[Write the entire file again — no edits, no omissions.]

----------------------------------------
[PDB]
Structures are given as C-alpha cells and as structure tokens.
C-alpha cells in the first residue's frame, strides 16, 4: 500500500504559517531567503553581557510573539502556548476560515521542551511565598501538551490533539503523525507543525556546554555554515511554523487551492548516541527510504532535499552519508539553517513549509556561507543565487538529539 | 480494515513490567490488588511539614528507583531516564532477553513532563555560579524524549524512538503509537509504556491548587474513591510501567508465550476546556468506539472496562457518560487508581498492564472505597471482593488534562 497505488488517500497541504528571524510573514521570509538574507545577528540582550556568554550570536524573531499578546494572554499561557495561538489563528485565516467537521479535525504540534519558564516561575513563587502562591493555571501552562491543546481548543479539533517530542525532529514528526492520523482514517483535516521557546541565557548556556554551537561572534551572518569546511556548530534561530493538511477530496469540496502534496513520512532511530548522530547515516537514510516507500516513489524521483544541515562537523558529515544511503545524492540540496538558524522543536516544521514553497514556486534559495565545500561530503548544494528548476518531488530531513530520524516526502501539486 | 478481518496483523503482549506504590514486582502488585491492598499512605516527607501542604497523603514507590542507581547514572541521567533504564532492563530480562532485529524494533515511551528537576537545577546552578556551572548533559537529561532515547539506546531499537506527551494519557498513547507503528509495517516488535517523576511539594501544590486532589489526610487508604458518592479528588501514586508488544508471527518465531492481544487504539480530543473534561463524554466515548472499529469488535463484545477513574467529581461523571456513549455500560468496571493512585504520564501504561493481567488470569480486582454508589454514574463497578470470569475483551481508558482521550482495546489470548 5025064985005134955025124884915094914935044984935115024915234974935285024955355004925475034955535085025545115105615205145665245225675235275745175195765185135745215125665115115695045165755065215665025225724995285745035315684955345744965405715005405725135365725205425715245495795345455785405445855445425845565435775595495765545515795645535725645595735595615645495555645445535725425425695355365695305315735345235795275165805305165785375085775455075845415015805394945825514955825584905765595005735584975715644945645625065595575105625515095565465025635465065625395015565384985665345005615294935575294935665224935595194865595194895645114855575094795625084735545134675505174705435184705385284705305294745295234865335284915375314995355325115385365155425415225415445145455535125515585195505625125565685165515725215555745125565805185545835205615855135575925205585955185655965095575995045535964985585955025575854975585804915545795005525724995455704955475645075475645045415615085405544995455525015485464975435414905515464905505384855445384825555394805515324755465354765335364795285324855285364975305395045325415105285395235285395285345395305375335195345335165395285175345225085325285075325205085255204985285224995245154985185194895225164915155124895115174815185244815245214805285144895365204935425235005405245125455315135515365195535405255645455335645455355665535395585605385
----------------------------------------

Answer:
[PDB]
Structures are given as C-alpha cells and as structure tokens.
C-alpha cells in the first residue's frame, strides 16, 4: 500500500504559517531567503553581557510573539502556548476560515521542551511565598501538551490533539503523525507543525556546554555554515511554523487551492548516541527510504532535499552519508539553517513549509556561507543565487538529539 | 480494515513490567490488588511539614528507583531516564532477553513532563555560579524524549524512538503509537509504556491548587474513591510501567508465550476546556468506539472496562457518560487508581498492564472505597471482593488534562 497505488488517500497541504528571524510573514521570509538574507545577528540582550556568554550570536524573531499578546494572554499561557495561538489563528485565516467537521479535525504540534519558564516561575513563587502562591493555571501552562491543546481548543479539533517530542525532529514528526492520523482514517483535516521557546541565557548556556554551537561572534551572518569546511556548530534561530493538511477530496469540496502534496513520512532511530548522530547515516537514510516507500516513489524521483544541515562537523558529515544511503545524492540540496538558524522543536516544521514553497514556486534559495565545500561530503548544494528548476518531488530531513530520524516526502501539486 | 478481518496483523503482549506504590514486582502488585491492598499512605516527607501542604497523603514507590542507581547514572541521567533504564532492563530480562532485529524494533515511551528537576537545577546552578556551572548533559537529561532515547539506546531499537506527551494519557498513547507503528509495517516488535517523576511539594501544590486532589489526610487508604458518592479528588501514586508488544508471527518465531492481544487504539480530543473534561463524554466515548472499529469488535463484545477513574467529581461523571456513549455500560468496571493512585504520564501504561493481567488470569480486582454508589454514574463497578470470569475483551481508558482521550482495546489470548 5025064985005134955025124884915094914935044984935115024915234974935285024955355004925475034955535085025545115105615205145665245225675235275745175195765185135745215125665115115695045165755065215665025225724995285745035315684955345744965405715005405725135365725205425715245495795345455785405445855445425845565435775595495765545515795645535725645595735595615645495555645445535725425425695355365695305315735345235795275165805305165785375085775455075845415015805394945825514955825584905765595005735584975715644945645625065595575105625515095565465025635465065625395015565384985665345005615294935575294935665224935595194865595194895645114855575094795625084735545134675505174705435184705385284705305294745295234865335284915375314995355325115385365155425415225415445145455535125515585195505625125565685165515725215555745125565805185545835205615855135575925205585955185655965095575995045535964985585955025575854975585804915545795005525724995455704955475645075475645045415615085405544995455525015485464975435414905515464905505384855445384825555394805515324755465354765335364795285324855285364975305395045325415105285395235285395285345395305375335195345335165395285175345225085325285075325205085255204985285224995245154985185194895225164915155124895115174815185244815245214805285144895365204935425235005405245125455315135515365195535405255645455335645455355665535395585605385